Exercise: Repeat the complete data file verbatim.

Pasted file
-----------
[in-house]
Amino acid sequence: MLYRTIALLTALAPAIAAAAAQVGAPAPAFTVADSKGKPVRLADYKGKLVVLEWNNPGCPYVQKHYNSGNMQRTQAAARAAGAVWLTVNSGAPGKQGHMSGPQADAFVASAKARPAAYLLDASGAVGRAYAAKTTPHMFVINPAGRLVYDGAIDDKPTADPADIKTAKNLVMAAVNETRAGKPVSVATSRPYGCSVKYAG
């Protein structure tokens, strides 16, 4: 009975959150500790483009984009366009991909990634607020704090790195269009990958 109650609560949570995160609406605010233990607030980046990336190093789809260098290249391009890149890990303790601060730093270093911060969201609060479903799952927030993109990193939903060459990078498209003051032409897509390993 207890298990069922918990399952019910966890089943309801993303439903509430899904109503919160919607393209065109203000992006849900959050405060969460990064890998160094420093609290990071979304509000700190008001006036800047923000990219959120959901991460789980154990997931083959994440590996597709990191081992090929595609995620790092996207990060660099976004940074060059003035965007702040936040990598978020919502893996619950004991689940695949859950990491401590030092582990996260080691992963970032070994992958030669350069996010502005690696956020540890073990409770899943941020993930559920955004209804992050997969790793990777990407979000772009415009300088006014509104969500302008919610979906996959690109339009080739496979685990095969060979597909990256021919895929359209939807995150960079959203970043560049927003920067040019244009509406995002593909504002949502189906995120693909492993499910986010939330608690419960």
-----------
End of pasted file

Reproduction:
[in-house]
Amino acid sequence: MLYRTIALLTALAPAIAAAAAQVGAPAPAFTVADSKGKPVRLADYKGKLVVLEWNNPGCPYVQKHYNSGNMQRTQAAARAAGAVWLTVNSGAPGKQGHMSGPQADAFVASAKARPAAYLLDASGAVGRAYAAKTTPHMFVINPAGRLVYDGAIDDKPTADPADIKTAKNLVMAAVNETRAGKPVSVATSRPYGCSVKYAG
């Protein structure tokens, strides 16, 4: 009975959150500790483009984009366009991909990634607020704090790195269009990958 109650609560949570995160609406605010233990607030980046990336190093789809260098290249391009890149890990303790601060730093270093911060969201609060479903799952927030993109990193939903060459990078498209003051032409897509390993 207890298990069922918990399952019910966890089943309801993303439903509430899904109503919160919607393209065109203000992006849900959050405060969460990064890998160094420093609290990071979304509000700190008001006036800047923000990219959120959901991460789980154990997931083959994440590996597709990191081992090929595609995620790092996207990060660099976004940074060059003035965007702040936040990598978020919502893996619950004991689940695949859950990491401590030092582990996260080691992963970032070994992958030669350069996010502005690696956020540890073990409770899943941020993930559920955004209804992050997969790793990777990407979000772009415009300088006014509104969500302008919610979906996959690109339009080739496979685990095969060979597909990256021919895929359209939807995150960079959203970043560049927003920067040019244009509406995002593909504002949502189906995120693909492993499910986010939330608690419960």